Studies have shown that people living with chronic low back pain are more likely to have used illicit drugs, such as cocaine, heroin, marijuana, and methamphetamine. It is unclear if these persons used illicit drugs before incurring chronic low back pain, but doctors should be aware of the evidence of these studies and prescribe accordingly.
- People living with chronic low back pain (cLBP) are more likely to use illicit drugs
- In addition, cLBP patients with a history of illicit drug use are more likely to have a current prescription for opioid analgesic (pain-relieving) drugs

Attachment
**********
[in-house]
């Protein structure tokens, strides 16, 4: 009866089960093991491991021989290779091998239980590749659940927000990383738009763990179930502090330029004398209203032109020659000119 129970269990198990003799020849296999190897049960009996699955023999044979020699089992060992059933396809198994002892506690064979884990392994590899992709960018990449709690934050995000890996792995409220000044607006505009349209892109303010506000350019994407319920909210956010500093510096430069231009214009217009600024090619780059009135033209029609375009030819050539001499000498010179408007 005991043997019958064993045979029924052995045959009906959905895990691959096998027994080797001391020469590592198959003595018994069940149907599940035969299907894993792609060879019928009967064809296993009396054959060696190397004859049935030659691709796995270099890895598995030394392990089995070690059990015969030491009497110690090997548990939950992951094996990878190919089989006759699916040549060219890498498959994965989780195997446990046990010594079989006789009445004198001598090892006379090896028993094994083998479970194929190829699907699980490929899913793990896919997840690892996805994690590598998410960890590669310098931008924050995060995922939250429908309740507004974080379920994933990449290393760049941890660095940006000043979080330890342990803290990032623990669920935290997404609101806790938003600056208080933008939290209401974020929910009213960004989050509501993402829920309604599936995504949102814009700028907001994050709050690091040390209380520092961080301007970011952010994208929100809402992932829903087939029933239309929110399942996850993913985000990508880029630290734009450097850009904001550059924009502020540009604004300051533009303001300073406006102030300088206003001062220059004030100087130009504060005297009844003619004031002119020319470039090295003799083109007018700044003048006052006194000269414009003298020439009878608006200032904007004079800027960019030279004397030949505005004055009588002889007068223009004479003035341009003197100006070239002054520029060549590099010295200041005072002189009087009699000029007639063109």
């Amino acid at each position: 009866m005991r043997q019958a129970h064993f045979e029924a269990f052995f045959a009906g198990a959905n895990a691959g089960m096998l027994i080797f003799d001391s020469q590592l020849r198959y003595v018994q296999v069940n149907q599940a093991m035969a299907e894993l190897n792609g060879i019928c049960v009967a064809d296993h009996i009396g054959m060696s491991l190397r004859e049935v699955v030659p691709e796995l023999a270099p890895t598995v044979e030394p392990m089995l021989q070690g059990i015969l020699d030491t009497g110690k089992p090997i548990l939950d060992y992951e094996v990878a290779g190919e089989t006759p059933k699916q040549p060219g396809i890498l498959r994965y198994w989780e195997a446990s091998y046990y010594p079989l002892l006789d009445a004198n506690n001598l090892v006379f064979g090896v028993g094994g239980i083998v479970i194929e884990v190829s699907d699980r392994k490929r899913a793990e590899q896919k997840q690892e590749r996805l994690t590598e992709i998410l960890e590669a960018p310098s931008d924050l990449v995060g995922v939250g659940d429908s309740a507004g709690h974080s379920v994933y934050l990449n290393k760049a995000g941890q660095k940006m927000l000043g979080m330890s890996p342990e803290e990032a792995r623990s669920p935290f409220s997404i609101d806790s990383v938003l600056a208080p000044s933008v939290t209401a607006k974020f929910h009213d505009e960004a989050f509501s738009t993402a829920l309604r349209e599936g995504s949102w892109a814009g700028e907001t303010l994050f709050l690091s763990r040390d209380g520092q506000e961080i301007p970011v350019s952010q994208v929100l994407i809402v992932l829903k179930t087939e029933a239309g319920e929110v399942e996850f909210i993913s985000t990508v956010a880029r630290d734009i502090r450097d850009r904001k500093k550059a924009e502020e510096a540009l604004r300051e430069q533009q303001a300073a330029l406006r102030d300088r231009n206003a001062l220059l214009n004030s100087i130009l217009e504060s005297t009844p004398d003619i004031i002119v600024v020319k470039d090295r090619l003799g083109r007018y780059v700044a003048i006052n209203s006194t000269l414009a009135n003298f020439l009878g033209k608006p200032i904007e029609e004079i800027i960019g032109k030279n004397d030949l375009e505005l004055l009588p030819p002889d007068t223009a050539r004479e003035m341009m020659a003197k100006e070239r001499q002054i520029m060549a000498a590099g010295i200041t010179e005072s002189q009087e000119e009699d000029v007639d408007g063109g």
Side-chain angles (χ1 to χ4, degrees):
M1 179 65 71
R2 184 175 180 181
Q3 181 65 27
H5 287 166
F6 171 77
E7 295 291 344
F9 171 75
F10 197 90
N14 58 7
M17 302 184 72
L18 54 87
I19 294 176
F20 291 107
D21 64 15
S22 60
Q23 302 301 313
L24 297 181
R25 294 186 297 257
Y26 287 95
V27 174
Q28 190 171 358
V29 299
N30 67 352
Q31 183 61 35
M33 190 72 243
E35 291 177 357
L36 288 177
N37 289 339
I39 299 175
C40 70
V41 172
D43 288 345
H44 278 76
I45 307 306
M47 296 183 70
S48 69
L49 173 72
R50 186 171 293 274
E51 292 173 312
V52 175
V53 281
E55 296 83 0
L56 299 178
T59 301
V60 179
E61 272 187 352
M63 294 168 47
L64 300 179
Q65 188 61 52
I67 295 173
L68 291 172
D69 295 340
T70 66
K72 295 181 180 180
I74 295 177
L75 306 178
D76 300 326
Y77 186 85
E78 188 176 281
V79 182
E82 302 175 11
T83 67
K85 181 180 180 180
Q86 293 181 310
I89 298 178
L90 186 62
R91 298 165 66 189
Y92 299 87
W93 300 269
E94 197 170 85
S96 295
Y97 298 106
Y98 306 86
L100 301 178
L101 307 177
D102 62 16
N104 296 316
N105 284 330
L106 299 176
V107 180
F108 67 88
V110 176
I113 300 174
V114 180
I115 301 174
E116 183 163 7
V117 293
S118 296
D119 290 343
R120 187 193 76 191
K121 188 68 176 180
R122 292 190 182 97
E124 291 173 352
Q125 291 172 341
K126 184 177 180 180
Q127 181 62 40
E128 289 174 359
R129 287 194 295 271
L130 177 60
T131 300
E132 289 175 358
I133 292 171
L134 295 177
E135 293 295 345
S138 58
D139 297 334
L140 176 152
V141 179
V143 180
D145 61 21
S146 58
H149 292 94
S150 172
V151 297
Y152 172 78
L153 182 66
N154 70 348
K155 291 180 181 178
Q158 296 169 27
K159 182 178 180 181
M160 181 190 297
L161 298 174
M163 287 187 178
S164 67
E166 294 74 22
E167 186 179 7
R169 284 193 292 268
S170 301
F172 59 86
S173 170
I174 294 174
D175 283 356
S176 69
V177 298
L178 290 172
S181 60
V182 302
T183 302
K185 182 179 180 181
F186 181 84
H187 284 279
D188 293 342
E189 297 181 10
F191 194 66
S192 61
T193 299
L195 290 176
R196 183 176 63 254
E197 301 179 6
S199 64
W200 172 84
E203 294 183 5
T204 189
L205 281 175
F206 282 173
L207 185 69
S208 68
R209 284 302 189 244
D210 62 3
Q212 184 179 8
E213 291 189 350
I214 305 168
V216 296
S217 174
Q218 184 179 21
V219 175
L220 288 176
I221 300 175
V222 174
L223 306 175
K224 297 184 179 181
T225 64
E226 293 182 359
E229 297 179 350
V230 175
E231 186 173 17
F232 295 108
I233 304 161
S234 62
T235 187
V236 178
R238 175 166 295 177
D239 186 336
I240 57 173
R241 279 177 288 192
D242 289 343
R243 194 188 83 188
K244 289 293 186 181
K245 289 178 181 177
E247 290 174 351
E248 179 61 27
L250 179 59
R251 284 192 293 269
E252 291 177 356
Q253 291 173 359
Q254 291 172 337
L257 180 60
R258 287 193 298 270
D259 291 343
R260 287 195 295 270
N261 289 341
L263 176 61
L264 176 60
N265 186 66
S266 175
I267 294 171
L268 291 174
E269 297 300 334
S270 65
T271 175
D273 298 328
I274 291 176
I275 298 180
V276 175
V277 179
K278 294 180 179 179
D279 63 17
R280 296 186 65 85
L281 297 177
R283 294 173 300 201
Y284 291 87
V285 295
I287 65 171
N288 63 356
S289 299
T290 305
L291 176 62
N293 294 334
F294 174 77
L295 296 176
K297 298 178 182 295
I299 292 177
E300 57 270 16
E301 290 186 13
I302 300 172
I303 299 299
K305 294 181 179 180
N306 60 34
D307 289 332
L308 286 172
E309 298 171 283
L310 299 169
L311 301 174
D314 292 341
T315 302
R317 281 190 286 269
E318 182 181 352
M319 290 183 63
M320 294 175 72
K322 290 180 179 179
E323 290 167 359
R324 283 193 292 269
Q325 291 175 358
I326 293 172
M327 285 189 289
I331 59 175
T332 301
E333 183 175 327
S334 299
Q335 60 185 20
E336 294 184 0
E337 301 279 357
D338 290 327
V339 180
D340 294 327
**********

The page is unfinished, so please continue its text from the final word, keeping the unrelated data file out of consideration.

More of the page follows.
- About 49 percent of adults with cLBP said they had ever used illicit drugs, compared to 43 percent of those without cLBP. Rates of current illicit drug use (within the past 30 days) were also higher in the cLBP group: 14 percent versus nine percent.
“People living with chronic low back pain (cLBP) are more likely to use illicit drugs — including marijuana, cocaine, heroin, and methamphetamine — compared to those without back pain, reports a study in Spine, published by Wolters Kluwer.”